Compare <<*AskOptional*>> and <<*AskOptions(radio)*>>
Let's say you are drafting a Will. How might you "<<*Ask. . .>> if there are minor children?
This works great: <<*AskOptional*!Minors!Are any children under 18 years of age?*>>
When processed, the user will be presented with the question and a checkbox to fill or not fill. (Checking the box means 'Yes' or 'True.' Leaving it unchecked means 'No' or 'False'.)
But what if the answer should have been 'Yes' but the user forgot to check it (or thought he/she did, but didn't). Then !Minors! would be set to "False" and some results might be messed up.
To avoid this possibility, you might prefer to rewrite the question in such a way as to force an affirmative response This can be done via the <<*AskOptions(radio)>> command.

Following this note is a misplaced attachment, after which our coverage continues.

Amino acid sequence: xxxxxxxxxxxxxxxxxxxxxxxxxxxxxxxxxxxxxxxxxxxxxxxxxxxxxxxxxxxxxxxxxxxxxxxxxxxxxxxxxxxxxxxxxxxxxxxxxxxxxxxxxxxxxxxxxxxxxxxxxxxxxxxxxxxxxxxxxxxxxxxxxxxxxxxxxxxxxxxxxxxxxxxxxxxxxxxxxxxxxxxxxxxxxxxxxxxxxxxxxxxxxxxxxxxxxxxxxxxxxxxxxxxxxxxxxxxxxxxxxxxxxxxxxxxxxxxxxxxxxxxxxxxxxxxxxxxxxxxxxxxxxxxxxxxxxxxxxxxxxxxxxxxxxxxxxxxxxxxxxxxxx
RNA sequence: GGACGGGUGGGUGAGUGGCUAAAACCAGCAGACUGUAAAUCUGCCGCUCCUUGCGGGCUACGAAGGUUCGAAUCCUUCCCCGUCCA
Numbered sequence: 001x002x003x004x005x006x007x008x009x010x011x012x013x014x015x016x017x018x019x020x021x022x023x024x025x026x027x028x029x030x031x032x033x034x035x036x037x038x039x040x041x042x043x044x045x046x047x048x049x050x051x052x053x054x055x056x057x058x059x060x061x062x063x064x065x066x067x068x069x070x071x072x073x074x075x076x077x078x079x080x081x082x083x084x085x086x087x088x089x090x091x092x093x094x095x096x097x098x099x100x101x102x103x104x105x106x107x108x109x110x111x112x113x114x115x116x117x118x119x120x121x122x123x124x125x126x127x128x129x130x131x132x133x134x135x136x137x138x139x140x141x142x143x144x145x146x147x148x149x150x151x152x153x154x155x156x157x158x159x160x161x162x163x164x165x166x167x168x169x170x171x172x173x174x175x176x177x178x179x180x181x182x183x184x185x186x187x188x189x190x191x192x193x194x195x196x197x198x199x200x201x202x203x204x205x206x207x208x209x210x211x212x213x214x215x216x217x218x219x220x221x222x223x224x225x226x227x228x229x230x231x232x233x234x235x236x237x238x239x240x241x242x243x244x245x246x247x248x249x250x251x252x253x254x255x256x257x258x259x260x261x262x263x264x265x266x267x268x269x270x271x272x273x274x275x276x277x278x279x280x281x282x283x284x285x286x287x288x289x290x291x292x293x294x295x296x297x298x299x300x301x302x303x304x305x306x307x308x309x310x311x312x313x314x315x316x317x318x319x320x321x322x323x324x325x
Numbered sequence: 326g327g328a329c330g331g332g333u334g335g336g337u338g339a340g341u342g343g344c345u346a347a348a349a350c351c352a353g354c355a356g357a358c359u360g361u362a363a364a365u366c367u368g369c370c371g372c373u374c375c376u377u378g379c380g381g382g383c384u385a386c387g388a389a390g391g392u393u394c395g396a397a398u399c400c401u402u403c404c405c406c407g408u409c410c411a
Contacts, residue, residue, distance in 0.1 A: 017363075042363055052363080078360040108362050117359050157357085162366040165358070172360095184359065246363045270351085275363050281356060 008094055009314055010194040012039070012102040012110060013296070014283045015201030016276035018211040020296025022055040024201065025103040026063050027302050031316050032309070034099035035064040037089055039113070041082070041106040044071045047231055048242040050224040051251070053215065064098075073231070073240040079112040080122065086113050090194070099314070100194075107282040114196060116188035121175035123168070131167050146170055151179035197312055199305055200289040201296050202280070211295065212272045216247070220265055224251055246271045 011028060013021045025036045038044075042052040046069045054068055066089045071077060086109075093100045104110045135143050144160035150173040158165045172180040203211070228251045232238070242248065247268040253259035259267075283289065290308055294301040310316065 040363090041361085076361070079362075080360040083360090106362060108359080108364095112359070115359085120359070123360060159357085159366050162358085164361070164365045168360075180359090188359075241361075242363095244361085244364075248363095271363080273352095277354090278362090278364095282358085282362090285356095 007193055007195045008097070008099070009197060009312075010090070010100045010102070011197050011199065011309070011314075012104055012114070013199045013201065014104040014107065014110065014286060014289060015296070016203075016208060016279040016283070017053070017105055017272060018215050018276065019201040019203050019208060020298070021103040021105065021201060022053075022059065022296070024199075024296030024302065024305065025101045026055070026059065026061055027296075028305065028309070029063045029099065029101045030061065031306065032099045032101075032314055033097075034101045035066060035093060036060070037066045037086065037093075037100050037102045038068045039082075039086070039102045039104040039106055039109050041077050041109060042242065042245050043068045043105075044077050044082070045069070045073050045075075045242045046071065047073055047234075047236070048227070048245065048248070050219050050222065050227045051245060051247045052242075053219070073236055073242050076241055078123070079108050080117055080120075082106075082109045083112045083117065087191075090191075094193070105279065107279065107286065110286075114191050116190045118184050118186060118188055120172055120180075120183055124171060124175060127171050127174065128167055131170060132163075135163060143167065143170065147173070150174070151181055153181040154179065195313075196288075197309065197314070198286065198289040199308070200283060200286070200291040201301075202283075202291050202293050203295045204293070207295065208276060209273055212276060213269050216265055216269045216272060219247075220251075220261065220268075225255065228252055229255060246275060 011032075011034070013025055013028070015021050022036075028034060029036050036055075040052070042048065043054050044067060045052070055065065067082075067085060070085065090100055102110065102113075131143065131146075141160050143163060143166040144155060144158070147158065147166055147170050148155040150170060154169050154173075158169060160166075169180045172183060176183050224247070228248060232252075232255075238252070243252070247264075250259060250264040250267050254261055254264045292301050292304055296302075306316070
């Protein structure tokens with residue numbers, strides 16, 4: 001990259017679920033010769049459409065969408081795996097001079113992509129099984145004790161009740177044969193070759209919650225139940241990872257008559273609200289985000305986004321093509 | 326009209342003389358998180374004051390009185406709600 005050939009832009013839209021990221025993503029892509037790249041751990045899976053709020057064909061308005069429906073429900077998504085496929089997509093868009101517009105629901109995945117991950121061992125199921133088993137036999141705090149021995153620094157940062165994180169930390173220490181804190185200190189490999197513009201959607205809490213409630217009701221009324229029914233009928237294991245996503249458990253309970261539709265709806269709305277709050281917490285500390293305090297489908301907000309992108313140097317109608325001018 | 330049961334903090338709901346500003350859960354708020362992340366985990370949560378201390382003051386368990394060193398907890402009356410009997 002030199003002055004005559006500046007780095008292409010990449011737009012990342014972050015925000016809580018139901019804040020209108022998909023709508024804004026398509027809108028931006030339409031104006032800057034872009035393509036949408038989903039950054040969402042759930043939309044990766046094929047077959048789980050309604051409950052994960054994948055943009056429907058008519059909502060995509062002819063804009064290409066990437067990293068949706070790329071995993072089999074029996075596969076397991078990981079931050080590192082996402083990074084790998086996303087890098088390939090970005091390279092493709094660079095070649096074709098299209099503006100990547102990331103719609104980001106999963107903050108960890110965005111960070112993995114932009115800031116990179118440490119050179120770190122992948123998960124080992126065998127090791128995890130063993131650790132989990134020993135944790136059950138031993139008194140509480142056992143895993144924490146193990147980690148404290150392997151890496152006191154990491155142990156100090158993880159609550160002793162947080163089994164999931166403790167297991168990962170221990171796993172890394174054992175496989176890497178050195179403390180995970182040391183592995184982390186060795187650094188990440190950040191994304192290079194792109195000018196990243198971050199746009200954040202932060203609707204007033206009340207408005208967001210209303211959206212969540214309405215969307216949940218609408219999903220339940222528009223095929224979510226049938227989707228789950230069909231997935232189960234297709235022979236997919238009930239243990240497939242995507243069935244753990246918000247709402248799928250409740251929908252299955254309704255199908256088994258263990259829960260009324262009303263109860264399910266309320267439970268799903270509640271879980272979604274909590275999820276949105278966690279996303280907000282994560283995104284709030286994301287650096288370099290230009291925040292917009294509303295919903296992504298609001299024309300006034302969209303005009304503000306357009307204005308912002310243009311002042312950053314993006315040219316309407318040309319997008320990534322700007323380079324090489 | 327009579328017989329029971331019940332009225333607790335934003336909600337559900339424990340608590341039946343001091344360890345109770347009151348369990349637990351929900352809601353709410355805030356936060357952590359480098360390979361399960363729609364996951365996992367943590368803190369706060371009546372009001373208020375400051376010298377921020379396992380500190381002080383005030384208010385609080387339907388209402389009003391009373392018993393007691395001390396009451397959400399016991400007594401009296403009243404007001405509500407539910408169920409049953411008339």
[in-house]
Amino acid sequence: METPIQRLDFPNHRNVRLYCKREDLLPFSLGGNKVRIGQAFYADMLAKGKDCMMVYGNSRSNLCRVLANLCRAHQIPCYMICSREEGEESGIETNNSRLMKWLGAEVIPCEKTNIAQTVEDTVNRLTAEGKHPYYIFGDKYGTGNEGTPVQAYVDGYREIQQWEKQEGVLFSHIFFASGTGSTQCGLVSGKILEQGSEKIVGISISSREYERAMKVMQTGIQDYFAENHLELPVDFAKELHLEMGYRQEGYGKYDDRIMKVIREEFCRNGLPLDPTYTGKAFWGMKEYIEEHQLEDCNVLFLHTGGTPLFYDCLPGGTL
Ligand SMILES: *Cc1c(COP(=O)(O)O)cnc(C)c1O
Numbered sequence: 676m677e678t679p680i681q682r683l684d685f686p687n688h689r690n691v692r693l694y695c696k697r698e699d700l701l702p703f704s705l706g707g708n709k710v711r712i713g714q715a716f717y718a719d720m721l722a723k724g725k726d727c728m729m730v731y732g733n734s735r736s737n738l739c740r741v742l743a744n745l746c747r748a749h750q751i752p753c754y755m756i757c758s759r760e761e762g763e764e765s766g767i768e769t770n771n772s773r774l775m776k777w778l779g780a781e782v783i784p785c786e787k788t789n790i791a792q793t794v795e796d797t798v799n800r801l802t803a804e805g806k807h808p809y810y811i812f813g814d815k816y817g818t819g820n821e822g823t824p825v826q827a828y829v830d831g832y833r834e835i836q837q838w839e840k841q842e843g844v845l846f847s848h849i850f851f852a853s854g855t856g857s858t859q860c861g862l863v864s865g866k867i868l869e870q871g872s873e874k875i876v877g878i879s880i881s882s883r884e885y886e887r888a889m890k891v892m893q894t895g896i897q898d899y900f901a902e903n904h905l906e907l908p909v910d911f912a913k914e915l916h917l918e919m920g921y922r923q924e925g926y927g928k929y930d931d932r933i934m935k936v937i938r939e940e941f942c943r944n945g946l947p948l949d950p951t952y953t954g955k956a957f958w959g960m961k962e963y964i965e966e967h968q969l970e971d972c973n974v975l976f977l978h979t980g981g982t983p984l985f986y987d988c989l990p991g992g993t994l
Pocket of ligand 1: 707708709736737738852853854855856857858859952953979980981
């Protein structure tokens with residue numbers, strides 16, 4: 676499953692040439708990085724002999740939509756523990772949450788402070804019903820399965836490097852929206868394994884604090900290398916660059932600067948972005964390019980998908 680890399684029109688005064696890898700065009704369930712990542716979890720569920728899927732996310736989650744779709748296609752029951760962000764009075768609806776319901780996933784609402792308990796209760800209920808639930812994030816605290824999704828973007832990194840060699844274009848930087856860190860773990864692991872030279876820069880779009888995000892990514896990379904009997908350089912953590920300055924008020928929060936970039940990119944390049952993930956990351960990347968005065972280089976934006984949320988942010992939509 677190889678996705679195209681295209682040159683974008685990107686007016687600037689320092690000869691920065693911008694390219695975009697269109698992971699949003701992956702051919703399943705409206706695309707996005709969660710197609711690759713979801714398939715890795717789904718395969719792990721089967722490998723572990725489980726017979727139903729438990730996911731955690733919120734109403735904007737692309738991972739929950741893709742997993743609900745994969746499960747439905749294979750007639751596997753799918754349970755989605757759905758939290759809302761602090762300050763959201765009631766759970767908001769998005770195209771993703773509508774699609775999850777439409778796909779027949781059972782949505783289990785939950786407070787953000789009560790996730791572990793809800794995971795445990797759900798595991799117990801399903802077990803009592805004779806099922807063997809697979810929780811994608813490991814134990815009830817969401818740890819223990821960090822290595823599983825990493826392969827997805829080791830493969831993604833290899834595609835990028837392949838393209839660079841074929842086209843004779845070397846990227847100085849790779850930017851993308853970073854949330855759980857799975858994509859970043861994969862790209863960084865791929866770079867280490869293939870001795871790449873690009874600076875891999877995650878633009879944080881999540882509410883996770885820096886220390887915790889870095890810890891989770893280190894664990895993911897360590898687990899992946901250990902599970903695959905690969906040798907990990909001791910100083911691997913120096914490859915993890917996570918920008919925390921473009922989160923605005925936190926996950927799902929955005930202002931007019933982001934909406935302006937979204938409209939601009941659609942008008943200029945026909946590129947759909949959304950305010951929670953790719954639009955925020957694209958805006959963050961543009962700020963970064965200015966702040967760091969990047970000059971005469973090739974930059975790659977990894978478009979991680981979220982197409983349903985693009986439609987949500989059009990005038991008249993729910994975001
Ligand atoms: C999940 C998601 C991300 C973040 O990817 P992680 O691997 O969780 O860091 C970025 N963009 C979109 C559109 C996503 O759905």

Here is a recast version of the above which forces the user to choose an answer before processing will continue:
<<*AskOptions(radio)*!Minors!Minor Children/No Minor Children*>>
It is not so much the 'AskOptions' that does it, but the 'radio' argument. Without 'radio,' two check boxes will be presented on the screen: "Minor Children" and "No Minor Children". Both could be left blank, defeating the purpose behind this exercise. Only 'radio' requires the user to provide an answer.)